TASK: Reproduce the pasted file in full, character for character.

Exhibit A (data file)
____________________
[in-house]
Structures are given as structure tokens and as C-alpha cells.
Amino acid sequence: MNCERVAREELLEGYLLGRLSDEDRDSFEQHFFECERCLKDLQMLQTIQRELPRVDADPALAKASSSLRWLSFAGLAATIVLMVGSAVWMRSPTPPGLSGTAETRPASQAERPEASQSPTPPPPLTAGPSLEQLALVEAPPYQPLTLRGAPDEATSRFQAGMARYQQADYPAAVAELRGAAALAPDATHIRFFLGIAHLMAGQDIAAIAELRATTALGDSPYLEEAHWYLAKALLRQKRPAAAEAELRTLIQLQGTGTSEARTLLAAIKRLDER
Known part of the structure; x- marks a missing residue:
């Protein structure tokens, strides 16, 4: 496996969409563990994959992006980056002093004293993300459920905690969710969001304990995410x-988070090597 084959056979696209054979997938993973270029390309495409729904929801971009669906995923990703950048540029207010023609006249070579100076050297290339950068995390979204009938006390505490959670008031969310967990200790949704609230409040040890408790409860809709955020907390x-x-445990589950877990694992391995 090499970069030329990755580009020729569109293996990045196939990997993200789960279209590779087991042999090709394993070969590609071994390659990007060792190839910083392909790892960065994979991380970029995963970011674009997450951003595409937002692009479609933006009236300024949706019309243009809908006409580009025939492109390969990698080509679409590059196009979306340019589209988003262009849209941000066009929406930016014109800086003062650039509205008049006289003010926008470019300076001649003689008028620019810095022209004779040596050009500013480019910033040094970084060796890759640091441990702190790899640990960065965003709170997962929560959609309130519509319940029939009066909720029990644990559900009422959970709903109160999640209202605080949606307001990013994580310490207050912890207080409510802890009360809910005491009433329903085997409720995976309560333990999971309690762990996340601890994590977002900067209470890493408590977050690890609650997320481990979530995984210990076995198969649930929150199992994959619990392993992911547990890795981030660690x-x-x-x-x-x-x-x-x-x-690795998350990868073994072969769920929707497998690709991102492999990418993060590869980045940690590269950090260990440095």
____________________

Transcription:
[in-house]
Structures are given as structure tokens and as C-alpha cells.
Amino acid sequence: MNCERVAREELLEGYLLGRLSDEDRDSFEQHFFECERCLKDLQMLQTIQRELPRVDADPALAKASSSLRWLSFAGLAATIVLMVGSAVWMRSPTPPGLSGTAETRPASQAERPEASQSPTPPPPLTAGPSLEQLALVEAPPYQPLTLRGAPDEATSRFQAGMARYQQADYPAAVAELRGAAALAPDATHIRFFLGIAHLMAGQDIAAIAELRATTALGDSPYLEEAHWYLAKALLRQKRPAAAEAELRTLIQLQGTGTSEARTLLAAIKRLDER
Known part of the structure; x- marks a missing residue:
């Protein structure tokens, strides 16, 4: 496996969409563990994959992006980056002093004293993300459920905690969710969001304990995410x-988070090597 084959056979696209054979997938993973270029390309495409729904929801971009669906995923990703950048540029207010023609006249070579100076050297290339950068995390979204009938006390505490959670008031969310967990200790949704609230409040040890408790409860809709955020907390x-x-445990589950877990694992391995 090499970069030329990755580009020729569109293996990045196939990997993200789960279209590779087991042999090709394993070969590609071994390659990007060792190839910083392909790892960065994979991380970029995963970011674009997450951003595409937002692009479609933006009236300024949706019309243009809908006409580009025939492109390969990698080509679409590059196009979306340019589209988003262009849209941000066009929406930016014109800086003062650039509205008049006289003010926008470019300076001649003689008028620019810095022209004779040596050009500013480019910033040094970084060796890759640091441990702190790899640990960065965003709170997962929560959609309130519509319940029939009066909720029990644990559900009422959970709903109160999640209202605080949606307001990013994580310490207050912890207080409510802890009360809910005491009433329903085997409720995976309560333990999971309690762990996340601890994590977002900067209470890493408590977050690890609650997320481990979530995984210990076995198969649930929150199992994959619990392993992911547990890795981030660690x-x-x-x-x-x-x-x-x-x-690795998350990868073994072969769920929707497998690709991102492999990418993060590869980045940690590269950090260990440095």